Thursday, April 12, 2018

April Class Recap and May Class

Before I recap our April class, I'll announce the date of our next class at the BCAC studio in the Ice House Mall in Barrington, IL:

May 4th, 2018

(Thanks for the pun, Kimberley!)

Please email me to let me know if you'd like to attend this class, from 9:30- 3:30pm.  The topic for this class will be "Painting With Abstraction"

And now for our recap:

Four Apples, Four Application Techniques

Artists tell me that sometimes, it's hard to know which brush to use to get the effect that they're after.  We focused in our April class on brush selection and technique.  Each of the apples above were painted with the same color palette, but you can see that they appear very different from each other.  Application of the paint is everything!


The Filbert Brush

This apple was painted using a filbert brush, which has a semi-oval top. This brush gives us very soft edges and a somewhat thinner paint application because it tends to dig in to the underlying layers if the paint is still wet.  In my example, the wet Burnt Sienna wash blended with the other paint colors, giving it a more subdued look.  Filbert brushes are wonderful therefore, for painting soft things and subjects with softer edges, such as portraits, furry animals, and clouds.


The Flat Brush

Flat brushes are great for crisp edges and thicker paint application.  Notice the left side of this apple and the defined edge there.  And even though I used the same colors as the example above, the colors didn't blend as much with my underlying tone and they remained truer.  I use this type of brush for most of my work.  It's a great choice for all subjects requiring hard and soft edges, as well as straighter lines.  I reach for this brush when I paint architecture, still life subjects with defined edges such as plates and glasses, trunks on trees, furniture, etc.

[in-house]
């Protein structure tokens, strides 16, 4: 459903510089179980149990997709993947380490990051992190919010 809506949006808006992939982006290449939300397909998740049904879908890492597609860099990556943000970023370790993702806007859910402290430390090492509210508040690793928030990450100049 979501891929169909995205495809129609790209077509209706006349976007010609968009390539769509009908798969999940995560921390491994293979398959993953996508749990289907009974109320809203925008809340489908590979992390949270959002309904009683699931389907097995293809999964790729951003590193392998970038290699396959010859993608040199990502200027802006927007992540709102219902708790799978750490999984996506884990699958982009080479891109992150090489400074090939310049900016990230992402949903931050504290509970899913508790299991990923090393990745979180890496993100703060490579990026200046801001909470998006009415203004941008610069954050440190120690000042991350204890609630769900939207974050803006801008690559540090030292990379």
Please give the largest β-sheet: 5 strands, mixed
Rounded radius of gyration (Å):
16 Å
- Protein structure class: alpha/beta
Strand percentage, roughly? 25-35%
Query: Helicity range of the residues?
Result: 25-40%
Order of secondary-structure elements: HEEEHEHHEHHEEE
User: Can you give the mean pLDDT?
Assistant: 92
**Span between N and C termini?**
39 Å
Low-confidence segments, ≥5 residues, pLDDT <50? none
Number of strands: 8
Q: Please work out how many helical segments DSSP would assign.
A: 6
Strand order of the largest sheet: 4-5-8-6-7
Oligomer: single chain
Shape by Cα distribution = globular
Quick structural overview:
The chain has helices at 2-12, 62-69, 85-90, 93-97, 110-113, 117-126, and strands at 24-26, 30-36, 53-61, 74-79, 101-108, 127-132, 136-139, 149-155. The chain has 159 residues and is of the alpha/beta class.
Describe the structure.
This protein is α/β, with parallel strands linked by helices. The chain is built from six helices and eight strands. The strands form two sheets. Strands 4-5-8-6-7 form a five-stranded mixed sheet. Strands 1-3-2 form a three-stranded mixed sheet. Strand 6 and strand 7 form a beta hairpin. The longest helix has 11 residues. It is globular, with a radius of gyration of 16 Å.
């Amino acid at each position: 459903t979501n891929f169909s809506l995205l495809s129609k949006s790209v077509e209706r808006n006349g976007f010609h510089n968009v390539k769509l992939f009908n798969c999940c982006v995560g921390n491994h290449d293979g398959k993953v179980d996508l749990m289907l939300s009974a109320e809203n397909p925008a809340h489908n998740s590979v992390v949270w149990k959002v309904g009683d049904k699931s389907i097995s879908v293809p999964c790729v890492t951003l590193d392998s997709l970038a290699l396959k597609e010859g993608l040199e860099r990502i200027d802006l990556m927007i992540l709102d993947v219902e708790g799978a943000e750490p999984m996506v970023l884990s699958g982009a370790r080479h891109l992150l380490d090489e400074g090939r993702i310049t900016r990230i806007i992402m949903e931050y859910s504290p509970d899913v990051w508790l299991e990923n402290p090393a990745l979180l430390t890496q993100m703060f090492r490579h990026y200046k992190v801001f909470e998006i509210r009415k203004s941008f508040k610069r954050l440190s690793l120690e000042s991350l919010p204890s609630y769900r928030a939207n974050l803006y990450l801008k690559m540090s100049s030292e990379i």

Palette Knife

For the thickest paint application possible, you can't beat a palette knife.  And although you can get some nice hard edges, they probably won't go exactly where you think they will.  But that's the beauty of the palette knife-  since the paint and the knife have ideas of their own, we're forced to give up on our need to be exact or perfect. Any subject can be painted with a palette knife, and be prepared to use a LOT of paint, and allow the painting to surprise you!


Round Brush

Round brushes are usually used when we are drawing in our initial shapes before we start really painting.  In this example, I used a small drawing brush to "scribble in" layers of paint, one on top of the other.  This method gives an airy, soft appearance to your paintings.  If you'd like to try to make your paintings appear more impressionistic and loose, you may wish to try this method.

I hope you have a chance to try each of these methods to help you discover which one you'd like to try on your next painting!

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